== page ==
Neighbors outside the New Orleans levees plead for more natural storm defenses

The 2020 hurricane season claimed more marsh around the Irish Bayou community
Published: Aug. 27, 2021 at 7:16 AM CDT|Updated: Aug. 27, 2021 at 7:52 AM CDT
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NEW ORLEANS (WVUE) -Nick Stoltz and some neighbors in the Irish Bayou area of New Orleans take a bumpy ride into Lake Pontchartrain.

“When the winds blow from the northeast, this side is rough,” Stoltz said.

Stoltz, A.E. Briede, and Richard Bruno have been friends since school days in the 1960s.

Today, they are united by Louisiana’s ongoing fight against coastal land loss and the threat it poses to their homes.

“Last year, this land disappeared,” said Briede, pointing to an area of open water which was land a year ago.

They estimate back-to-back-to-back storms of 2020 claimed another three or four acres of land in the area, which hugs La. Hwy. 11 and the approach to the I-10 Twin Spans Bridge.

“It’s happening quicker now,” Briede said. “I think the lake is just stronger than the marsh and the marsh needs some protection.”

Outside the New Orleans hurricane protection system, Irish Bayou has always been exposed.

However, Stoltz said, the land loss here is not simply an issue for the couple dozen elevated homes that straddle Hwy. 11.

On rare occasions, water has lapped over part of the I-10 at the foot of the Twin Spans, most recently during last year’s Hurricane Zeta, Stoltz said.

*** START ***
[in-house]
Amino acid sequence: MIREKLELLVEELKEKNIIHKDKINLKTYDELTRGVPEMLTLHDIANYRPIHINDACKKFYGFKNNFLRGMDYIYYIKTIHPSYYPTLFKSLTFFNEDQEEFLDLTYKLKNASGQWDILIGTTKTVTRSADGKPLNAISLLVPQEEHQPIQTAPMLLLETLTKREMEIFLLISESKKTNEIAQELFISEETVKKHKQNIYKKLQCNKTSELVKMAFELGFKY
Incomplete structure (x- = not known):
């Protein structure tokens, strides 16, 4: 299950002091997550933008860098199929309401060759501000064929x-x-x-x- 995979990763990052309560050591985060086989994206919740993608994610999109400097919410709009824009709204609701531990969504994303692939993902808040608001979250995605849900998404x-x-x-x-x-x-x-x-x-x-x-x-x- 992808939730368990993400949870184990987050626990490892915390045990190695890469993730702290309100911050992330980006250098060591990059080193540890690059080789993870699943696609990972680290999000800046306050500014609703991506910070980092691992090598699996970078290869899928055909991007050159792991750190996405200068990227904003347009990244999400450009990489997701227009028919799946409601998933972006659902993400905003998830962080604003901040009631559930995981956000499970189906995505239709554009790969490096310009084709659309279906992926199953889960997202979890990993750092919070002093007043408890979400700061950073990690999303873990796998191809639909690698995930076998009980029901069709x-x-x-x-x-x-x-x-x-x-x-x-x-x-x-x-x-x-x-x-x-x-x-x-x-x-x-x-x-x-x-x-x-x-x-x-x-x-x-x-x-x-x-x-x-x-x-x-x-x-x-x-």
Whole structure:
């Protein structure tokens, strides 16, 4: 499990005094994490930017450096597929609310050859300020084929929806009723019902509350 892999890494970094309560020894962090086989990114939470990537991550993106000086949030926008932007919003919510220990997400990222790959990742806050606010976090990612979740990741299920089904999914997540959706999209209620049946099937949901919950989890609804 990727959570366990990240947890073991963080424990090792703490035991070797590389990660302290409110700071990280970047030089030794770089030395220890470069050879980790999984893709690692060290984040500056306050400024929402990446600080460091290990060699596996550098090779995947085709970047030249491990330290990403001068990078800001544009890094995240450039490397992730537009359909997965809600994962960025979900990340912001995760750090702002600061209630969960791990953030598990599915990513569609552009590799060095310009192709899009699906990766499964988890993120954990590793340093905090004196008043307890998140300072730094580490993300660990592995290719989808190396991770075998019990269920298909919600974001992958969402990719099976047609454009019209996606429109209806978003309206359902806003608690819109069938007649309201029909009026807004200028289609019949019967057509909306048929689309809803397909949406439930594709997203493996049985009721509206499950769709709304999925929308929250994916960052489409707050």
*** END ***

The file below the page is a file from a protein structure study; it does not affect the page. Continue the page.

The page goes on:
“When we get a surge of about 8 feet, the foot of the I-10 will be underwater and you won’t be able to use it anymore,” Stoltz said., the activist group formed after Hurricane Katrina in 2005, has raised similar concerns in the past.

“It’s likely that waves could readily crash over the roadway right where the road and the bridge meet,” said H.J. Bosworth, a civil engineer with the group.

Bosworth sees a weak link in the region’s otherwise vastly improved hurricane protection, a just over a one-mile stretch of interstate between the levee and the foot of the Twin Spans.

“In the late portion of the evacuation, you could have cars being hit by waves right there on the interstate,” Bosworth said.

He believes a four-foot sea wall along the travel lanes would provide a simple fix.

Just south of Irish Bayou, the government already installed some protection for the marsh.

Rocks that line a portion of the Bayou Sauvage National Wildlife Refuge seem to make a difference.

Neighbors had hoped to appeal to the Coastal Protection and Restoration Authority meeting this month for similar protection.

However, the meeting was posted.

A CPRA spokesman said the group can still make their case and the agency will consider their hope for an extension to the rocks or a dredging project to restore the marsh.

With finite resources, that can be a years-long process, competing against many other projects for funding.

“We have to keep the marsh,” Briede said. “This is the city of New Orleans. We’re in Orleans Parish.

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